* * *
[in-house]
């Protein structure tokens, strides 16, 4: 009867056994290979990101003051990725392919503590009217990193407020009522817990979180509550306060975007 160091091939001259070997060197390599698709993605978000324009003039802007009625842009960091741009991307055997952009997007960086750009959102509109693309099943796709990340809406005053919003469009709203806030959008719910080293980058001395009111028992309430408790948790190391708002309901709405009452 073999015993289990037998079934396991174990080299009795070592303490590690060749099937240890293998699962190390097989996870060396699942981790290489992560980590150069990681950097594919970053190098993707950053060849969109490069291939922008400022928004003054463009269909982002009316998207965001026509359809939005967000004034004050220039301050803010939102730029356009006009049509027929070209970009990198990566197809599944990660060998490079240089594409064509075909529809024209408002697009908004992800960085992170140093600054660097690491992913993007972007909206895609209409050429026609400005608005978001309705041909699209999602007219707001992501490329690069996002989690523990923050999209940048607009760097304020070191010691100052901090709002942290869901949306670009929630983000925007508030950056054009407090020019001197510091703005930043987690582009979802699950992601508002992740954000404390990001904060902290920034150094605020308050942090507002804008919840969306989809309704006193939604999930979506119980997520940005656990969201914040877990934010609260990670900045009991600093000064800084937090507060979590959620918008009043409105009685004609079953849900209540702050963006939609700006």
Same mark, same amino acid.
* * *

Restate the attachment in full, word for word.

[in-house]
């Protein structure tokens, strides 16, 4: 009867056994290979990101003051990725392919503590009217990193407020009522817990979180509550306060975007 160091091939001259070997060197390599698709993605978000324009003039802007009625842009960091741009991307055997952009997007960086750009959102509109693309099943796709990340809406005053919003469009709203806030959008719910080293980058001395009111028992309430408790948790190391708002309901709405009452 073999015993289990037998079934396991174990080299009795070592303490590690060749099937240890293998699962190390097989996870060396699942981790290489992560980590150069990681950097594919970053190098993707950053060849969109490069291939922008400022928004003054463009269909982002009316998207965001026509359809939005967000004034004050220039301050803010939102730029356009006009049509027929070209970009990198990566197809599944990660060998490079240089594409064509075909529809024209408002697009908004992800960085992170140093600054660097690491992913993007972007909206895609209409050429026609400005608005978001309705041909699209999602007219707001992501490329690069996002989690523990923050999209940048607009760097304020070191010691100052901090709002942290869901949306670009929630983000925007508030950056054009407090020019001197510091703005930043987690582009979802699950992601508002992740954000404390990001904060902290920034150094605020308050942090507002804008919840969306989809309704006193939604999930979506119980997520940005656990969201914040877990934010609260990670900045009991600093000064800084937090507060979590959620918008009043409105009685004609079953849900209540702050963006939609700006």
Same mark, same amino acid.